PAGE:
The only reason why Russia would risk scuttling the food and fuel negotiations that it’s been holding with Pakistan for a while already by directly sharing these very dramatic allegations about that country’s US-backed post-modern coup regime’s nuclear proliferation intentions via a high-ranking and influential policymaker instead of indirectly introducing these claims into the global information ecosystem via proxies is because the Kremlin knows for certain that they’re true.
Member of the Federation Council’s Defense Committee IgorMorozov dropped a bombshell on 28 October during a press conference in Moscow on Ukraine’s recent nuclear provocations. Publicly financed RIA Novosti, which hosted the event, reported that this influential policymaker revealed that “Ukrainian specialists traveled to Pakistan and received a delegation from Pakistan to discuss technologies for creating nuclear weapons.” This accusation is certainly worthwhile analyzing.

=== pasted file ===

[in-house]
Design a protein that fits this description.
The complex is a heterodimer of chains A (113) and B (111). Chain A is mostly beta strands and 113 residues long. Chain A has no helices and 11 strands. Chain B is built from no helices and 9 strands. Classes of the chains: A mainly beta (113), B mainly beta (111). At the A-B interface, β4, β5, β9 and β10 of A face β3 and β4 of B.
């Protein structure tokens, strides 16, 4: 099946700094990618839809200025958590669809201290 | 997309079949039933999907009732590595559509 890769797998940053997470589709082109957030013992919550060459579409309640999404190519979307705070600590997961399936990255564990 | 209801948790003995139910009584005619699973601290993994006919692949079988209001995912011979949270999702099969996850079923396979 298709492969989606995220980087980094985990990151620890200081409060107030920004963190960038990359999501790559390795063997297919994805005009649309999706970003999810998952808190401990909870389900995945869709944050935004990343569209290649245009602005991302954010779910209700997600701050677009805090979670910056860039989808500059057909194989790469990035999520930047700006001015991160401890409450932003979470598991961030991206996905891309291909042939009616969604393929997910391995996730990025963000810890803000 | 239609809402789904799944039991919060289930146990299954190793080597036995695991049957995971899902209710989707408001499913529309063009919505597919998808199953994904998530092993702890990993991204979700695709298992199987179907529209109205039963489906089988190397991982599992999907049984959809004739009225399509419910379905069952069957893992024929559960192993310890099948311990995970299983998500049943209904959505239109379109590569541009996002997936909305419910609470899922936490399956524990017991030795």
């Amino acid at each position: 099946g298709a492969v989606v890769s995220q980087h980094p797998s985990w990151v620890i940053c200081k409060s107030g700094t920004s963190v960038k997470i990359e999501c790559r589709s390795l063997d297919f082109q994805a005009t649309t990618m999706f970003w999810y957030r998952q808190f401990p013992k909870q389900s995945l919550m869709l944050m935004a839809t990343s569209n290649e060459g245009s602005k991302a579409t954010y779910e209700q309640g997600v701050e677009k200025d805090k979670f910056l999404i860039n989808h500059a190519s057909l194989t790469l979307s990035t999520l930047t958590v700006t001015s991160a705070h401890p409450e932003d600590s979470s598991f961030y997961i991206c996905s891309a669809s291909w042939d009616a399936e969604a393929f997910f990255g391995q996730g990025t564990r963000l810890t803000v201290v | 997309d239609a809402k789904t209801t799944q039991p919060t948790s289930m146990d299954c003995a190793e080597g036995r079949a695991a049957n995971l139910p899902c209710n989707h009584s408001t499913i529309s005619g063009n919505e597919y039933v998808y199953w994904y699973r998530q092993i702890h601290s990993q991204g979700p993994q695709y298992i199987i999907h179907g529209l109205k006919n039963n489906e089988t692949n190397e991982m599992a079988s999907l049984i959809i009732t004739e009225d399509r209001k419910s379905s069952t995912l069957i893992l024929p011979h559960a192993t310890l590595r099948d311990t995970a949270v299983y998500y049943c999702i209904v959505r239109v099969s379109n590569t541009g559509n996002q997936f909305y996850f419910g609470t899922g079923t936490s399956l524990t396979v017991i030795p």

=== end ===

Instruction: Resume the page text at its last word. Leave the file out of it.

Russian-Pakistani relations officially remain cordial as evidenced by their leaders’ meeting in mid-September on the sidelines of the SCO Summit in Samarkand, though serious problems have been bubbling just under the surface since the US-orchestrated post-modern coup succeeded in early April. The purpose of the present piece isn’t to rehash prior points about this but to interpret the latest allegation, so those who haven’t followed the twists and turns of their ties can catch up here:
To summarize, the US colluded with domestic conspirators to oust former Prime Minister Khan through superficially “democratic” means as punishment for his independent foreign policy. This was part of its plot to recapture control of its traditional regional proxy state in order to transform the “Zipper of Eurasia” into the “Faultline of Eurasia” for dividing and ruling the supercontinent. As could have been expected, Russian-Pakistani relations became more complicated, especially in Afghanistan and Ukraine.